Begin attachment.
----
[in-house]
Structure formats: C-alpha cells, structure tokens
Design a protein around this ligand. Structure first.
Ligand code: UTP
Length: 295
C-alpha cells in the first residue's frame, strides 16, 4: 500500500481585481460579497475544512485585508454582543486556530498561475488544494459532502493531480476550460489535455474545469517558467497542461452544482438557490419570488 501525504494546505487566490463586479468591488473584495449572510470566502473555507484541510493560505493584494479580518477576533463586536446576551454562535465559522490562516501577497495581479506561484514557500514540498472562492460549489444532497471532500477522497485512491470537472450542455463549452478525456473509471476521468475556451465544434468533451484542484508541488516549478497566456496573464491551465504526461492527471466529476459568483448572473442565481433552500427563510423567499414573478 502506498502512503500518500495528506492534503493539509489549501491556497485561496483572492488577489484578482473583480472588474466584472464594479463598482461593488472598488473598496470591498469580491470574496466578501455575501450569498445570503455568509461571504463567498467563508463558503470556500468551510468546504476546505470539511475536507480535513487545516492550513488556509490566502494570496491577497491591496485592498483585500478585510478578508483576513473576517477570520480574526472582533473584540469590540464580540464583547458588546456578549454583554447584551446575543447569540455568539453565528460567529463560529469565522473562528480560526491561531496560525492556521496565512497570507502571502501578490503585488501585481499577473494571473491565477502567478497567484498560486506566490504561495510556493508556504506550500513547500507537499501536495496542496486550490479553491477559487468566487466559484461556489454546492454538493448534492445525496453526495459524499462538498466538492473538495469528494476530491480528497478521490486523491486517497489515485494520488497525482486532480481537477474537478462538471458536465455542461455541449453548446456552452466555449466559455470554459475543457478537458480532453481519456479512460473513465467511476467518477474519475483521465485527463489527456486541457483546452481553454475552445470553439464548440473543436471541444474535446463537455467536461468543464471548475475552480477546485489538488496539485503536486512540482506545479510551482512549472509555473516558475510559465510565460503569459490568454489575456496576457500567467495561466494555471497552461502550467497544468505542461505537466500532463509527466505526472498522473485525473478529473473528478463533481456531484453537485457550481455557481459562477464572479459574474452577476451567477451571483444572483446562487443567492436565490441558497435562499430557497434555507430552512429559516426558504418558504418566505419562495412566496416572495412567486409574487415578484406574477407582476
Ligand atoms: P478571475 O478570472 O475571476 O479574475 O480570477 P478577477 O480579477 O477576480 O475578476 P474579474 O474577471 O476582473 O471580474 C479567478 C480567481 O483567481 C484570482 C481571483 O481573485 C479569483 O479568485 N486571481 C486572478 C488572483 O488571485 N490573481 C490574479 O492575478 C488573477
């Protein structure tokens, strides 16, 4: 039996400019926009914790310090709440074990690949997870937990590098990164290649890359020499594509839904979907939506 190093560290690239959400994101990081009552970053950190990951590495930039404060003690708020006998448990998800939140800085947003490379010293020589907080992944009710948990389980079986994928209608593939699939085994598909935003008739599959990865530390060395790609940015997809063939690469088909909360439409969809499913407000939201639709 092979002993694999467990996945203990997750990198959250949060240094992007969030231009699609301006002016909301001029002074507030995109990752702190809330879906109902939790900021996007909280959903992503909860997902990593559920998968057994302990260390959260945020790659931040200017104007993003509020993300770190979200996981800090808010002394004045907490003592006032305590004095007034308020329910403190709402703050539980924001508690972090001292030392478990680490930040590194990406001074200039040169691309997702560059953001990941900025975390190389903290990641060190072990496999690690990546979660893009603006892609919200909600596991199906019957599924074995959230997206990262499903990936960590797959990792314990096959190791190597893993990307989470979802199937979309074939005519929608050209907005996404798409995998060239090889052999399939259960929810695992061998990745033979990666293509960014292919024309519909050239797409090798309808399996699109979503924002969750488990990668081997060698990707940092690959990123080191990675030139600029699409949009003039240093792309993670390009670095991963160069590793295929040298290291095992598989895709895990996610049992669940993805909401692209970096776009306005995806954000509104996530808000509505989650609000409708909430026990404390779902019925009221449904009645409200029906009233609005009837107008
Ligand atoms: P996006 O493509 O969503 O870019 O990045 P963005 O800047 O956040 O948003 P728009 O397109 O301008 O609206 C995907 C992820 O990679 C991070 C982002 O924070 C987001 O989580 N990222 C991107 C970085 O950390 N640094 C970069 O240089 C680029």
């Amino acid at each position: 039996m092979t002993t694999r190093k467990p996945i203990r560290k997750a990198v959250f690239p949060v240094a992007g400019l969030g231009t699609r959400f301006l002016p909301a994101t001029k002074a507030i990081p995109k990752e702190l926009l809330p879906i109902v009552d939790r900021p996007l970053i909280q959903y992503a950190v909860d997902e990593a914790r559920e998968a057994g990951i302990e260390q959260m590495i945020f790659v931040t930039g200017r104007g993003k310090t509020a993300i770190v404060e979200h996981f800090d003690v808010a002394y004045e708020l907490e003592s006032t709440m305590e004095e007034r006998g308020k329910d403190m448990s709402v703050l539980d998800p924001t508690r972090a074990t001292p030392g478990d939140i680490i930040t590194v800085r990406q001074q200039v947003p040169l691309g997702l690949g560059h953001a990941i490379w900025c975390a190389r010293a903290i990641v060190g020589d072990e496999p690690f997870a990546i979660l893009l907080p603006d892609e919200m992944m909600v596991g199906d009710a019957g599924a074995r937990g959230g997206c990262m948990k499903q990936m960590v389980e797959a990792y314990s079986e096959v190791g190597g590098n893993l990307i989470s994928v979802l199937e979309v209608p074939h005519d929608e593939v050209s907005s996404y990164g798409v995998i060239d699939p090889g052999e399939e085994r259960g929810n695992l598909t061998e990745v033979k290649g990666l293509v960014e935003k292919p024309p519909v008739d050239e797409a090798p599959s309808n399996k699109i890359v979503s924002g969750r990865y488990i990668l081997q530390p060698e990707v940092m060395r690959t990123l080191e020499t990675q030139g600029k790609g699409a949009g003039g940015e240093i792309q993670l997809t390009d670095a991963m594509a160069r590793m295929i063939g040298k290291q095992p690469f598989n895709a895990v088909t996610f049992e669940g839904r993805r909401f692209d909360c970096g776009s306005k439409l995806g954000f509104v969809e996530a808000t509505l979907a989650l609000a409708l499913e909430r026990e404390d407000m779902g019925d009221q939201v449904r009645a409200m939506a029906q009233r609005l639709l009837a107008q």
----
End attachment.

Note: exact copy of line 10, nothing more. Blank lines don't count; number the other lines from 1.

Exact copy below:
């Amino acid at each position: 039996m092979t002993t694999r190093k467990p996945i203990r560290k997750a990198v959250f690239p949060v240094a992007g400019l969030g231009t699609r959400f301006l002016p909301a994101t001029k002074a507030i990081p995109k990752e702190l926009l809330p879906i109902v009552d939790r900021p996007l970053i909280q959903y992503a950190v909860d997902e990593a914790r559920e998968a057994g990951i302990e260390q959260m590495i945020f790659v931040t930039g200017r104007g993003k310090t509020a993300i770190v404060e979200h996981f800090d003690v808010a002394y004045e708020l907490e003592s006032t709440m305590e004095e007034r006998g308020k329910d403190m448990s709402v703050l539980d998800p924001t508690r972090a074990t001292p030392g478990d939140i680490i930040t590194v800085r990406q001074q200039v947003p040169l691309g997702l690949g560059h953001a990941i490379w900025c975390a190389r010293a903290i990641v060190g020589d072990e496999p690690f997870a990546i979660l893009l907080p603006d892609e919200m992944m909600v596991g199906d009710a019957g599924a074995r937990g959230g997206c990262m948990k499903q990936m960590v389980e797959a990792y314990s079986e096959v190791g190597g590098n893993l990307i989470s994928v979802l199937e979309v209608p074939h005519d929608e593939v050209s907005s996404y990164g798409v995998i060239d699939p090889g052999e399939e085994r259960g929810n695992l598909t061998e990745v033979k290649g990666l293509v960014e935003k292919p024309p519909v008739d050239e797409a090798p599959s309808n399996k699109i890359v979503s924002g969750r990865y488990i990668l081997q530390p060698e990707v940092m060395r690959t990123l080191e020499t990675q030139g600029k790609g699409a949009g003039g940015e240093i792309q993670l997809t390009d670095a991963m594509a160069r590793m295929i063939g040298k290291q095992p690469f598989n895709a895990v088909t996610f049992e669940g839904r993805r909401f692209d909360c970096g776009s306005k439409l995806g954000f509104v969809e996530a808000t509505l979907a989650l609000a409708l499913e909430r026990e404390d407000m779902g019925d009221q939201v449904r009645a409200m939506a029906q009233r609005l639709l009837a107008q």